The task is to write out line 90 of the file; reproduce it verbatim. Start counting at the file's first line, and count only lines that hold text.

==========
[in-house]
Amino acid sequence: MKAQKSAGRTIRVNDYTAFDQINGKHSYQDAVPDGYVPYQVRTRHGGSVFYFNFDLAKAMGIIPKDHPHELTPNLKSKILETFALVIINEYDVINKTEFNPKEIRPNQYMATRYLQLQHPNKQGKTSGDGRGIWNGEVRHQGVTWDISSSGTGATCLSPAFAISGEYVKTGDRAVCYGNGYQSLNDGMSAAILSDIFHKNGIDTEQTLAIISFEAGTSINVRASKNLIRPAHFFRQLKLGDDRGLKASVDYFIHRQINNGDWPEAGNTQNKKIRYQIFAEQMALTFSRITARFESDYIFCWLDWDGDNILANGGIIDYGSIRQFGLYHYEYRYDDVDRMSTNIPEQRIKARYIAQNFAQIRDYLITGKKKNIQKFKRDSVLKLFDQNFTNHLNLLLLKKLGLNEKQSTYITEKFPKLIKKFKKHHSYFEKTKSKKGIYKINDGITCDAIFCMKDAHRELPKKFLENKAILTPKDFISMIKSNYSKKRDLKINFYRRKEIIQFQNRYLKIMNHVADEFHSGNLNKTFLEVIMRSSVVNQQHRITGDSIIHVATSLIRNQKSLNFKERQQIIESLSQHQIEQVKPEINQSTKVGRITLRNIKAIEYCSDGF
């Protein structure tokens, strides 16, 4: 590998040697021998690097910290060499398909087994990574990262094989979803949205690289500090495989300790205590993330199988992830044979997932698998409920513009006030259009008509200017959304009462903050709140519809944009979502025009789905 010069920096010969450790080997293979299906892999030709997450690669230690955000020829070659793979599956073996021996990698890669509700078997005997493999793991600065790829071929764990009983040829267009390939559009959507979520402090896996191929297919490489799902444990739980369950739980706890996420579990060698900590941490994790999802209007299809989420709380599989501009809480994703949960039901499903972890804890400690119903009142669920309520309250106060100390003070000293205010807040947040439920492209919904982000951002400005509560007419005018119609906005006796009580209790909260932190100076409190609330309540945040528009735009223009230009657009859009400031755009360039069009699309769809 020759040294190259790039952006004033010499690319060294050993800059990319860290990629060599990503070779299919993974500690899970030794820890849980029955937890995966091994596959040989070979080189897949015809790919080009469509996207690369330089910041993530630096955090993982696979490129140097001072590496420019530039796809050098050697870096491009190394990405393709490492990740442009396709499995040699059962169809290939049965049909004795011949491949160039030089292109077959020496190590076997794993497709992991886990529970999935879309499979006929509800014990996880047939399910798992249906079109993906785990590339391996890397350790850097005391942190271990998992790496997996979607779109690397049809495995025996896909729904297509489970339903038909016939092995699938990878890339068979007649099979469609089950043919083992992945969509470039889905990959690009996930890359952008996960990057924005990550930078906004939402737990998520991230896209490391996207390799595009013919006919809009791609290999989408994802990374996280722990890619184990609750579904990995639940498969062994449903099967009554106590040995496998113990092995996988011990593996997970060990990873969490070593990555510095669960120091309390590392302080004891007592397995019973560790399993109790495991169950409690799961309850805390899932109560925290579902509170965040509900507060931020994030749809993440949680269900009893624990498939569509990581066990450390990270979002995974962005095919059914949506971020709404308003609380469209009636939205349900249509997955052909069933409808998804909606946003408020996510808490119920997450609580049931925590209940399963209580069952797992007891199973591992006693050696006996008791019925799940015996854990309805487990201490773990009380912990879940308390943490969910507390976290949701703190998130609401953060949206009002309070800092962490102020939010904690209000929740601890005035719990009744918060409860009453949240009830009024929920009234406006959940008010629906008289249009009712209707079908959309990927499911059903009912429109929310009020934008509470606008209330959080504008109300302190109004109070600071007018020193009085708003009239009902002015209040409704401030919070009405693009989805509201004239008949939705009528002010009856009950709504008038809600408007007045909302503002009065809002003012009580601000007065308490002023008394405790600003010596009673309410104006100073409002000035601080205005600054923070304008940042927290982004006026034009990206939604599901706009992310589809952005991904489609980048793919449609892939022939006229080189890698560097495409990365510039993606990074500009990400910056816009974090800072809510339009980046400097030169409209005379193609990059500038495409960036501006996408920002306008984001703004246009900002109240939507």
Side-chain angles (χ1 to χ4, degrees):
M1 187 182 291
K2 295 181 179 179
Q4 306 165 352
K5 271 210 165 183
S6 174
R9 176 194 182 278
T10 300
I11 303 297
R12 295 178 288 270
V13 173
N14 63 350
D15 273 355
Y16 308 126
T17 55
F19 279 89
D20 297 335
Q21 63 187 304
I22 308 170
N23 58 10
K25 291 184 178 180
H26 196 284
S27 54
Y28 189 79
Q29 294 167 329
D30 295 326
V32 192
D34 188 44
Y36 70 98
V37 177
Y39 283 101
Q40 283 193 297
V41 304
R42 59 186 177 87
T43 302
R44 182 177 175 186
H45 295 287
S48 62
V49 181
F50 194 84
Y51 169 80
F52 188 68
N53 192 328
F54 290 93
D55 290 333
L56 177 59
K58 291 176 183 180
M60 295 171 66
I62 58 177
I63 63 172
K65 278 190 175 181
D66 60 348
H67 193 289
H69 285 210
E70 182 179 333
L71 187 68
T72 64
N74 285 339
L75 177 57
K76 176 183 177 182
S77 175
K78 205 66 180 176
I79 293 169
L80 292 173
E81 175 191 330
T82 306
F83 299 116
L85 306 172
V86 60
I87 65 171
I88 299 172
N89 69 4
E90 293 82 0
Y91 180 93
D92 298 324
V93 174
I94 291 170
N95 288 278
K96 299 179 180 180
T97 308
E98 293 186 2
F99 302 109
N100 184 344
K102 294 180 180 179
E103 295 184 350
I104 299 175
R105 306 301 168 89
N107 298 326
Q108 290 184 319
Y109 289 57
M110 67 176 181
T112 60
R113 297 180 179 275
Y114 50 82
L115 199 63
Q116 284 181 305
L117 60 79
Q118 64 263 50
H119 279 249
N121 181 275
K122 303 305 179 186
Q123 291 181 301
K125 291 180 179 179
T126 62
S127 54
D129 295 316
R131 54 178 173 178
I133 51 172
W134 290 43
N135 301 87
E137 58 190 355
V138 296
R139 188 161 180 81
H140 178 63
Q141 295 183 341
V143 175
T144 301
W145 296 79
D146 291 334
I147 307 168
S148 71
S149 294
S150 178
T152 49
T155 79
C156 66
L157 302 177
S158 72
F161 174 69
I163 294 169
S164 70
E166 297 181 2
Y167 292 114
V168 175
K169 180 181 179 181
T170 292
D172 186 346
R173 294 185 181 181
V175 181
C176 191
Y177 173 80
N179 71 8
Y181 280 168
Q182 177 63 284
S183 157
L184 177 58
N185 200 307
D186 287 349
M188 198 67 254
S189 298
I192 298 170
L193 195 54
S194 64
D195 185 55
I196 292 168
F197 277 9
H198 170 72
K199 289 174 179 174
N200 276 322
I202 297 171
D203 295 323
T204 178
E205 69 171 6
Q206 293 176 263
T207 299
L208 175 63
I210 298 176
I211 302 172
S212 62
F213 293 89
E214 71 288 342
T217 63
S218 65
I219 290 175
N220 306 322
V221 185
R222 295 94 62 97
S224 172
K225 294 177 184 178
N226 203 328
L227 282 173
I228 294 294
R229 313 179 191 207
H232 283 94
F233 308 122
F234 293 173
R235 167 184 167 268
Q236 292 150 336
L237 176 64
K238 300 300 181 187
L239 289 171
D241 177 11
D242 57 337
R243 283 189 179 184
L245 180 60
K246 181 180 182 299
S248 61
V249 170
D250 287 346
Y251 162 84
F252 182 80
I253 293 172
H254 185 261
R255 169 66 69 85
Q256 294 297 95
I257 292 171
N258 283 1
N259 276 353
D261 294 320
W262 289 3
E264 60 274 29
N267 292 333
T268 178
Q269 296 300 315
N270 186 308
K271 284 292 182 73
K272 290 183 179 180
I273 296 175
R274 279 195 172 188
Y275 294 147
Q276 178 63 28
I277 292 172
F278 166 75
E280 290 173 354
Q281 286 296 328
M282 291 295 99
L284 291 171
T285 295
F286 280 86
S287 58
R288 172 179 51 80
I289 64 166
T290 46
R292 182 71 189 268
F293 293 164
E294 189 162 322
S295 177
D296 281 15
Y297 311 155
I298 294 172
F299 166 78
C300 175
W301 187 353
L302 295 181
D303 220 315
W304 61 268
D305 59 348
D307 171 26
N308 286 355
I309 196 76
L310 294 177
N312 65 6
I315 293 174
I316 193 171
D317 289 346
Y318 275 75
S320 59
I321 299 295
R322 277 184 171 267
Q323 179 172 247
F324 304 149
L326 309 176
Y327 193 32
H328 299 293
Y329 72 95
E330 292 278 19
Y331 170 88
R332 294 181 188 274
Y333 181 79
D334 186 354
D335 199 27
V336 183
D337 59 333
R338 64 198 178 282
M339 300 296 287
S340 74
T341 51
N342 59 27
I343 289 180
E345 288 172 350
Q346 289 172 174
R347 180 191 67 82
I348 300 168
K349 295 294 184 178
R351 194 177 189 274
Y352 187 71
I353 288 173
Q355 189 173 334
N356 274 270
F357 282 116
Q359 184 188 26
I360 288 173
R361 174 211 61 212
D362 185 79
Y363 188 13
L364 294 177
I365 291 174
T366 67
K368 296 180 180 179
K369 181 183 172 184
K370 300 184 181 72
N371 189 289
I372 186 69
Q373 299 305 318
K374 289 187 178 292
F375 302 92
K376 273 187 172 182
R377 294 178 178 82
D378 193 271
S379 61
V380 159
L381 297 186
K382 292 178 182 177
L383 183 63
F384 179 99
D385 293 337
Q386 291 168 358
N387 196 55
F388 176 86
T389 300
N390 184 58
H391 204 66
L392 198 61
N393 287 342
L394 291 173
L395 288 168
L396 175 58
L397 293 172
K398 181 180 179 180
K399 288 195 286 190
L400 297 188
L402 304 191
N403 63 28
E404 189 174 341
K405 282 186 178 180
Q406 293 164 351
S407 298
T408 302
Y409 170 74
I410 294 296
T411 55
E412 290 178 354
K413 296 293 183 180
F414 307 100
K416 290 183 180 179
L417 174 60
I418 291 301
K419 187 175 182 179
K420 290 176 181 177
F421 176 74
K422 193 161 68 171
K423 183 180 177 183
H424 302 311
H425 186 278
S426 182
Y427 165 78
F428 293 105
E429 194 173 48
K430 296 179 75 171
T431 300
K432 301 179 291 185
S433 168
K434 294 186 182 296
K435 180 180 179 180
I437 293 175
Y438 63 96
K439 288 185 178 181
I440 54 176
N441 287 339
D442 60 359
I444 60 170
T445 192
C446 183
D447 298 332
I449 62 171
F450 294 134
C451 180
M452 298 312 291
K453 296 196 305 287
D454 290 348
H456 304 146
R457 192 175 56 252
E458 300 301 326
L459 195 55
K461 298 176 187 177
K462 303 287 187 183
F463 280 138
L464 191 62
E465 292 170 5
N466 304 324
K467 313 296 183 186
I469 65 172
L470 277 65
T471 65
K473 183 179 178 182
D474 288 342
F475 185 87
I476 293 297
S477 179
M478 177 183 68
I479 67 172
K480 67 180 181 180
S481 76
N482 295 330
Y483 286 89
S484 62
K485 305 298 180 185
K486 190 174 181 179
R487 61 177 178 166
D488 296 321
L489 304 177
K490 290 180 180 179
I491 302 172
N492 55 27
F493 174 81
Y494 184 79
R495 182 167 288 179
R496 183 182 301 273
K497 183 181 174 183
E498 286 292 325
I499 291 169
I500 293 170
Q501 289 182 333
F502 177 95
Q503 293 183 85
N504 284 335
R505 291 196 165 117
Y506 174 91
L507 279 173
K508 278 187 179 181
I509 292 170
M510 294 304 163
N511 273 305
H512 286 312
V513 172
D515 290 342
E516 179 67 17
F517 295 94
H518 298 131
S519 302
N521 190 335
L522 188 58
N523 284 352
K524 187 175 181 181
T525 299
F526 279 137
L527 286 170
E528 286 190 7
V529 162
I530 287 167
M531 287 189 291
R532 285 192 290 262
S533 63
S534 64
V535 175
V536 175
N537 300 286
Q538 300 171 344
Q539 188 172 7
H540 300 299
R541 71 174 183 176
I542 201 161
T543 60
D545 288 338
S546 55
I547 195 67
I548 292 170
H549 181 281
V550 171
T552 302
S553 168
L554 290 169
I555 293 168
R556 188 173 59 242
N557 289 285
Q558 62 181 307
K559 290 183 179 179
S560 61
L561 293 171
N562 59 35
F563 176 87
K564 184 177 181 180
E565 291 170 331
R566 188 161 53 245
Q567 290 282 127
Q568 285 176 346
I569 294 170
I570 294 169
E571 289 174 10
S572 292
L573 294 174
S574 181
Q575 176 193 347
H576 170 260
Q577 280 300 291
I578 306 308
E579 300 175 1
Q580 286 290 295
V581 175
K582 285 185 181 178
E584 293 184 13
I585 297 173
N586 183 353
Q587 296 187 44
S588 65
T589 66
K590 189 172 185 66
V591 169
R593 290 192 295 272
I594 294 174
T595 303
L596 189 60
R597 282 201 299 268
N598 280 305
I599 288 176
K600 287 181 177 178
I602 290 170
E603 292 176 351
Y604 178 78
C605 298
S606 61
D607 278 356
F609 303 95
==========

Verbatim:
R105 306 301 168 89